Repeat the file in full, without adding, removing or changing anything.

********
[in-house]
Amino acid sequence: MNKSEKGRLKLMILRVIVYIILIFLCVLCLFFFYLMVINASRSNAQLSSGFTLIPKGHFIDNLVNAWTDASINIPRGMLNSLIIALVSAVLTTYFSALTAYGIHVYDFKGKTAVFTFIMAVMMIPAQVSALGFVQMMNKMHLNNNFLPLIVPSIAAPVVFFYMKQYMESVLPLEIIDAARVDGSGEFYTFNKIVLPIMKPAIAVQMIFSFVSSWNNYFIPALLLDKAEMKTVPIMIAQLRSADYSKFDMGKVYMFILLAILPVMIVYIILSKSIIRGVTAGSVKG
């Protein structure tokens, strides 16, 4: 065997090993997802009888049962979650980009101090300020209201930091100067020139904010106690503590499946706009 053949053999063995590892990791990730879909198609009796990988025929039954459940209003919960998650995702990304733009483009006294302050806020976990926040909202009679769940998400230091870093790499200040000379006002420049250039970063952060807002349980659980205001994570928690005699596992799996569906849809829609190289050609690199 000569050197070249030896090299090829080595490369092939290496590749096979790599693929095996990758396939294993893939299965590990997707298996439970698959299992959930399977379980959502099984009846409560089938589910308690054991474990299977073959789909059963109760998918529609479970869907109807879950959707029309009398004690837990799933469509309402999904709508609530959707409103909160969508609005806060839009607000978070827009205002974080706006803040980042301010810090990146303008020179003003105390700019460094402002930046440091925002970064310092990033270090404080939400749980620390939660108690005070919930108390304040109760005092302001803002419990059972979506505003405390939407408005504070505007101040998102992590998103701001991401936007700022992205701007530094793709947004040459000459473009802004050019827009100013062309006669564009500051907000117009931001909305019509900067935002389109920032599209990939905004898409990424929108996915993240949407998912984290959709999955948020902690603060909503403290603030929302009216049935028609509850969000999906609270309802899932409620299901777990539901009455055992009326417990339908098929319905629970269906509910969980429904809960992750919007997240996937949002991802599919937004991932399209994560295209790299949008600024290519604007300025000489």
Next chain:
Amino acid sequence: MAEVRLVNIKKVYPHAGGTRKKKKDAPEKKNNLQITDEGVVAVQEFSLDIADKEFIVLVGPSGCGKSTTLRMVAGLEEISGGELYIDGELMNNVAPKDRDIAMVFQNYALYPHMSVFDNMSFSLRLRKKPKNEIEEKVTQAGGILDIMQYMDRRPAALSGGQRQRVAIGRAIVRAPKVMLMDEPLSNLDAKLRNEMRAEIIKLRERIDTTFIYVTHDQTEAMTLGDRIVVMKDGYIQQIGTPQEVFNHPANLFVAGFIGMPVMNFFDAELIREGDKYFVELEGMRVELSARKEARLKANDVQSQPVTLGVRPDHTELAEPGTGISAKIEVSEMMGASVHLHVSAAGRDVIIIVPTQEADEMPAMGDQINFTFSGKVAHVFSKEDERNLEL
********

[in-house]
Amino acid sequence: MNKSEKGRLKLMILRVIVYIILIFLCVLCLFFFYLMVINASRSNAQLSSGFTLIPKGHFIDNLVNAWTDASINIPRGMLNSLIIALVSAVLTTYFSALTAYGIHVYDFKGKTAVFTFIMAVMMIPAQVSALGFVQMMNKMHLNNNFLPLIVPSIAAPVVFFYMKQYMESVLPLEIIDAARVDGSGEFYTFNKIVLPIMKPAIAVQMIFSFVSSWNNYFIPALLLDKAEMKTVPIMIAQLRSADYSKFDMGKVYMFILLAILPVMIVYIILSKSIIRGVTAGSVKG
């Protein structure tokens, strides 16, 4: 065997090993997802009888049962979650980009101090300020209201930091100067020139904010106690503590499946706009 053949053999063995590892990791990730879909198609009796990988025929039954459940209003919960998650995702990304733009483009006294302050806020976990926040909202009679769940998400230091870093790499200040000379006002420049250039970063952060807002349980659980205001994570928690005699596992799996569906849809829609190289050609690199 000569050197070249030896090299090829080595490369092939290496590749096979790599693929095996990758396939294993893939299965590990997707298996439970698959299992959930399977379980959502099984009846409560089938589910308690054991474990299977073959789909059963109760998918529609479970869907109807879950959707029309009398004690837990799933469509309402999904709508609530959707409103909160969508609005806060839009607000978070827009205002974080706006803040980042301010810090990146303008020179003003105390700019460094402002930046440091925002970064310092990033270090404080939400749980620390939660108690005070919930108390304040109760005092302001803002419990059972979506505003405390939407408005504070505007101040998102992590998103701001991401936007700022992205701007530094793709947004040459000459473009802004050019827009100013062309006669564009500051907000117009931001909305019509900067935002389109920032599209990939905004898409990424929108996915993240949407998912984290959709999955948020902690603060909503403290603030929302009216049935028609509850969000999906609270309802899932409620299901777990539901009455055992009326417990339908098929319905629970269906509910969980429904809960992750919007997240996937949002991802599919937004991932399209994560295209790299949008600024290519604007300025000489």
Next chain:
Amino acid sequence: MAEVRLVNIKKVYPHAGGTRKKKKDAPEKKNNLQITDEGVVAVQEFSLDIADKEFIVLVGPSGCGKSTTLRMVAGLEEISGGELYIDGELMNNVAPKDRDIAMVFQNYALYPHMSVFDNMSFSLRLRKKPKNEIEEKVTQAGGILDIMQYMDRRPAALSGGQRQRVAIGRAIVRAPKVMLMDEPLSNLDAKLRNEMRAEIIKLRERIDTTFIYVTHDQTEAMTLGDRIVVMKDGYIQQIGTPQEVFNHPANLFVAGFIGMPVMNFFDAELIREGDKYFVELEGMRVELSARKEARLKANDVQSQPVTLGVRPDHTELAEPGTGISAKIEVSEMMGASVHLHVSAAGRDVIIIVPTQEADEMPAMGDQINFTFSGKVAHVFSKEDERNLEL